Newspaper Page Text
Br 'v MONDAY, OCTOBER 17.
KL ' UVBSCSirTlOJf (Including l'oolage),
B".' JPJWt MONTH, 30c; PBn TEAR, $3.50.
E. ( OVER 300,000 A DAY I
Hf! "S.OVEII TWO MILLION COPIES A WEEKI
HK, The Largest Circulation of Any Newspaper
KkJ' In too World.
K Tho total number of Worlds printed during the
Ku . last week was 2, 1 83,930, follows:
H" Bandar 203,280 copies.
Htfv (Monday. ...ii 30O.0JJ0 copies.
Ht Taeaday 1100,100 copies.
Hr: Wedne'day 3IH,110 copies.
Ki- -lThnrday SOB.fiOO copies.
K. "' 1 Friday 2U5.430 copies.
T Hatnrday 282,100 copies.
nasBu'' .Weekly and Heml 107,010 copies.
Hfc. Averago circulation of The Would per day for
Rt above week,
P 31 1,990 Copies.
Hk We, whose signatures arc appended, certify to
Hfc, the correctness ol tho abovo statement.
HR O. W. Tcbkxr, Business Manager.
Hft J. Anocs 8iuw, Cashier.
H J. O. Smith, Foreman Woiun Press Room.
Hk a E. STUART,
HfC' Acting Bupt. Mall and Delivery Dcpt.
Kf ' Edward H. Hanmn, Auditor.
Hk Ht Olty and County o New York, m. i
llsaaB Personally appeared before me (J. Y. Trmiczii, Bum-
k Manuunri J, Ajeons Ml aw. Oibltrt .1. O. Smith.
f,, foreman TreM-Roomi CninLKS K. Htkwabt, Aotlns
-t,. Baperlntenaent Msll and Dellrerr Department, and
Vtf ' Kdwabk II. Baaux. Auditor, who, bnlna personally
W known o me. did append their lcnatnr tntheettte-
r, merit above made and depose and swear llut It Is true
K$ "KswYOTkl Oct. W, 1SS7... ,
ilnafV. ' WnxiAM I. 8HUUCB, OommtMumrr ot Deeds, .
HL City and Oonntr ot New York.
Hfe. ADVERTISING UATES.
H&b, (Afftts MeasaremeDt)
BjP' Ordinary, 25 sects per line. No extra prlos for as-
K? septsblsalsplsy. Basinets or Special Notices, opposite
hi JMltorlsl pafs, flO cents per tins. nsadlnf Notices,
WBm't' sUrred or marked "Advt."i First pace, 81.00 per
H? Hue) Fourth pscs, 81,85 per llnsi Inside pace, 81
R per tins.
Hm , Thoratooforadttrtloingin tho Daffy WonLD de iiaI a;,-
Hfr ly (((( Un: Xor do (A rates of lsl
KL ctpplg la tho Morning edition.
M THE IB8UE.
Ht The issno in tlio local election in narrowed
n to this question, as stated by tho Herald a
H&. fortnight ago :
Bff' " Do On people run thltclly. or do Out friends
HE of the Voodlers who are note in Sing Sing or
K' Since the lsrae -wna thug clearly atated the
E' "frlendaof tho boodlen" have been roln-
Ev .forced by two once.poworful mornlnc newB-
Hb papers, that have abandoned, without its.
nV , signed cause, tho advocacy of Mr. Niooix'b
gv Bomlnatlon for District-Attorney. Yet this
Ktf - ,&eod not and docs not dlscourago tho friends
Bj of, honest goremment. Tho press is pow-
Mek erfol only when it is trno to its honest oon-
Kf Tiotlons-'jrhcn it ohamplons the cause of tho
Kt people csinst boodlers, bribers and rogues
Bf of eTery kind.
K i1 "With tho isauo thus tnado upthocholoo of
Bu 'Mr. Nxooll as publio prosecutor is of more
fe(, Importance to the citizens of New York than
Hk'' 'any other question lnroWod in the election.
K HELLIB BLTa 1OB3I0H.
Hk. The widespread popular interost aroused
Hk& by NEixnt Bty's story in the Sunday WonxD
B' of her remarkable sojourn in the Insane Asy-
Bm. lum on Blaukwell's Island should bear some
Kflpp fruit of reform.
Kjftl.' Her mission was undertaken, not for sensa-
Hw tional purposes, but to ascertain the exact
Hap' facte about a publio institution peculiarly in-
HS( accessible to publio scrutiny, llor simply
Hr told story is instinct with the force of truth
HC in every line.
Ht , The hemming and hawing and hedging of
BJS the doctors and attendants avail nothing.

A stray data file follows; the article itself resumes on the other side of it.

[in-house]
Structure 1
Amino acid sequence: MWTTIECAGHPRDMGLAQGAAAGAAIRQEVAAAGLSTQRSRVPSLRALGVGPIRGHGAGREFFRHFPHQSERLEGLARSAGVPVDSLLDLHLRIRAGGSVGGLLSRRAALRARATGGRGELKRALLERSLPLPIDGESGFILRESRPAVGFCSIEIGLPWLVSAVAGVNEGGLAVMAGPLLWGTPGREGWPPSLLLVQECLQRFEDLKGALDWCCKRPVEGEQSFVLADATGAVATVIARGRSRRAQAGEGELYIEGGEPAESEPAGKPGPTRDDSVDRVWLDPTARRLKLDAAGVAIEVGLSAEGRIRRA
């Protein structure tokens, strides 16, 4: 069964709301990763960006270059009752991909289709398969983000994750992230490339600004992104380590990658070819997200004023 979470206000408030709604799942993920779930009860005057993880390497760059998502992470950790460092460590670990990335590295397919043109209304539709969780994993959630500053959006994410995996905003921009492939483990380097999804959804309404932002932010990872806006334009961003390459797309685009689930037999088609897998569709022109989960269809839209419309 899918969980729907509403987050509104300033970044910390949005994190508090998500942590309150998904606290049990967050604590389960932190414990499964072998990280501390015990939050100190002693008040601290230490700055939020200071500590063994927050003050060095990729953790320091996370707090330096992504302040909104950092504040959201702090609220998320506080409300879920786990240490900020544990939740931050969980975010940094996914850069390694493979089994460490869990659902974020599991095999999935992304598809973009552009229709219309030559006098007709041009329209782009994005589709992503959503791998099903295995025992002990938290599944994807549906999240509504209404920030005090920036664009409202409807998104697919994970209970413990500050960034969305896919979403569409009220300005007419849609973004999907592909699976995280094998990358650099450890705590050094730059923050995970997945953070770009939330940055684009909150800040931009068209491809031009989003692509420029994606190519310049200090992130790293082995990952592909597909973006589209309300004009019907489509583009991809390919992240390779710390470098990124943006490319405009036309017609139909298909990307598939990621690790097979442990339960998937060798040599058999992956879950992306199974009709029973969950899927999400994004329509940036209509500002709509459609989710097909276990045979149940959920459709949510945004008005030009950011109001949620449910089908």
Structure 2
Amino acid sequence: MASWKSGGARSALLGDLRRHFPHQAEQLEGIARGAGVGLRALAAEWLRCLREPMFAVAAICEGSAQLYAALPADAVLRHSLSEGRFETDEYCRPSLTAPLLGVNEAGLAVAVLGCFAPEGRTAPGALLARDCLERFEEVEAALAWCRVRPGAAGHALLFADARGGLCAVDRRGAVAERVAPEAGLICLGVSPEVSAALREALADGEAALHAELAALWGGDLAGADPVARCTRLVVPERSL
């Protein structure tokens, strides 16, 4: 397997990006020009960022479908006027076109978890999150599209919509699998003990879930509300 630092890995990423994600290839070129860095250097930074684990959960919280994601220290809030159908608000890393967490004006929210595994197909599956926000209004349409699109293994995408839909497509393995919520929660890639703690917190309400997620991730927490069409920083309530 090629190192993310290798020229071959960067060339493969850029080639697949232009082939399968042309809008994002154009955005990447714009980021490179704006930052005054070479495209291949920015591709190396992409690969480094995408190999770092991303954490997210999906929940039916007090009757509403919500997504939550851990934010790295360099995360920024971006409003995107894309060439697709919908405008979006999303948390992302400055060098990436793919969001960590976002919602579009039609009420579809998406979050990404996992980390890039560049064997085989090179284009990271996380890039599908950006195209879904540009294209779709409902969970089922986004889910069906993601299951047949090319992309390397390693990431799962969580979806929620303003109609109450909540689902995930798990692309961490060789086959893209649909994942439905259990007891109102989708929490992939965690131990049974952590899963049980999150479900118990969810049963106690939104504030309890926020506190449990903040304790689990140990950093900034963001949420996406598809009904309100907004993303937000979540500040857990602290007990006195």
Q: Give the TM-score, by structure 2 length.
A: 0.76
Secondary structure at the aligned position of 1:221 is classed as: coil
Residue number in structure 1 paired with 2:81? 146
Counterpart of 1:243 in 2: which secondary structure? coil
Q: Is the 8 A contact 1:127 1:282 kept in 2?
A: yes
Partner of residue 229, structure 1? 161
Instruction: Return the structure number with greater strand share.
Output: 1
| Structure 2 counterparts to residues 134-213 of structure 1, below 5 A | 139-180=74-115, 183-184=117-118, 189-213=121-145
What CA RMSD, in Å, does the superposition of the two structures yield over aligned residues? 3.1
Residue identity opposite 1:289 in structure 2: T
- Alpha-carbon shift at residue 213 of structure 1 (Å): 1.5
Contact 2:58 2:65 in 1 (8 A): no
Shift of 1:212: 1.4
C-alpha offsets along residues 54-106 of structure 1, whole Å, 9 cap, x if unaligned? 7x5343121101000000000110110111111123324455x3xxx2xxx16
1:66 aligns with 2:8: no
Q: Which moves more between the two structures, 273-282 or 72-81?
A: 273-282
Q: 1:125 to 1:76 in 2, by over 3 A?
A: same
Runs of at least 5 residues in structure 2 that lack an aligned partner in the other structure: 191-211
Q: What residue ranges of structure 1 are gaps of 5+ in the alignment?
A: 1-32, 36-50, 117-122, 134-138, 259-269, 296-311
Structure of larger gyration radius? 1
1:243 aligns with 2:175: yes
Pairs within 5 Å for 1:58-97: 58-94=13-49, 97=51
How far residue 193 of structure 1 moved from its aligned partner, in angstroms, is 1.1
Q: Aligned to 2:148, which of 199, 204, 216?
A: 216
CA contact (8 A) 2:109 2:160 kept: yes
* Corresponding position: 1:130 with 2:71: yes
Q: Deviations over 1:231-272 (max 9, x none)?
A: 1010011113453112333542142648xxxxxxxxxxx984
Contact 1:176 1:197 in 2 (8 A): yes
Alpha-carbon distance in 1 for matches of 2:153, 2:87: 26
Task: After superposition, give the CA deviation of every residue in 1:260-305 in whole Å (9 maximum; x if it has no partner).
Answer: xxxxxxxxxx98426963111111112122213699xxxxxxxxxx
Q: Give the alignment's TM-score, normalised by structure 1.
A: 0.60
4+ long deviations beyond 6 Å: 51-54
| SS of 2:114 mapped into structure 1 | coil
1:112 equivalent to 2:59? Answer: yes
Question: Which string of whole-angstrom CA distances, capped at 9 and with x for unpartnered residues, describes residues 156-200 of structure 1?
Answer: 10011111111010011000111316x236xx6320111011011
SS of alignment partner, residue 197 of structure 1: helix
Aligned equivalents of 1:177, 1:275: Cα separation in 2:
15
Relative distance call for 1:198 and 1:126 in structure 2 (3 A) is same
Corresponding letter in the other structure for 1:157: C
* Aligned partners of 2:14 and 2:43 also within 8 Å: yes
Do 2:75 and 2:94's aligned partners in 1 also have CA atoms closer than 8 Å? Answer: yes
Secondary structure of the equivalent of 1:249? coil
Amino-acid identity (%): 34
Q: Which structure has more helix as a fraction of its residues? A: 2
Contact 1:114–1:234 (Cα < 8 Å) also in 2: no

K& The facts are out. Reform is imperative in
Kr tho methods of treating the poor, unbalanced
HCi orcatures incarcerated in the Asylum. An in-
K- creased appropriation is obviously required
H' for the better maintenance of these institu-
lions. It should be given without question.
Hif A little less for tho boodlors and harpies.
R ; smd a little moro for the helpless wards of tho
Rlfi ... TEE MEETIHO TO-HIQHT.
K - It is quite safe to say that there will be no
K wild charges or clubbing by the police at tho
KL meeting of tho Progressive Labor party iu
Kl Union Square to-night. Publio opinion has
Kf declared itself too indignantly in relation to
Ht the ontrage of awoek ago to havo any danger
Hf Of its repetition.
Hre , Thio injunctions of Mr. Snrvrrca to his
KP sympathizers are sensiblo and timely. "Let
B' every man constitute himself his own police-
Hg man,' and " avoid everything whioh might
Bf give rise to Interruptions or confusion of any
H.f hind," and there will be no difficulty.
BK , Now York is in no danger from liberty that
BBjT' is not license, nor. from freedom that is not
BBfc incendiary. The right of peaceful publio
Bflft assembly must not be interfered with. Qlvo
j? to Truth the "open field" from whioh she
Bk never yet retired discomfited.
1 THE PEOPLE'S LAHD.
Hir It might have gone without saying that the
Ktt Northern Paoifio Bollroad will "contest in
IHEV the courts " the order of the Interior DeparU
Bf ment opening to settlement thousands of
Hmt acres of publio lands whioh it has long ille-
HHb' gaily held in its devil-fish tentacles.
B That is the corporation way grab all you
BB '' can and never let go.
Rg The thing for the Government to do is to
Bsf put the settlers in possession and then let tho
Br eompany fight. The "nine points of the low"
Kl- haro too long been enjoyed by this land-
BB grabbing corporation.
BBv Tbe-people's land for the people is tho true
IH - EOSTOH'S PBIDE.
BJg; The announcement that Boston's ton thou.
HK SAftd. dollar baseballist, Mntn Kellt, is to
BBF . svsvFel with a minstrel company inthecapao-
BJH'' itjrsictdjlooutor during tho winter season,
HBF i aWMsitus that the Hub is ambitious of recov-
BflT '" si hag her prestige as aa Intellectual centre.
R u TfcQMMwaof Bnaoaw, of Suluvah and
WmbSx of theOfllyMrxrin tho ball field.'does not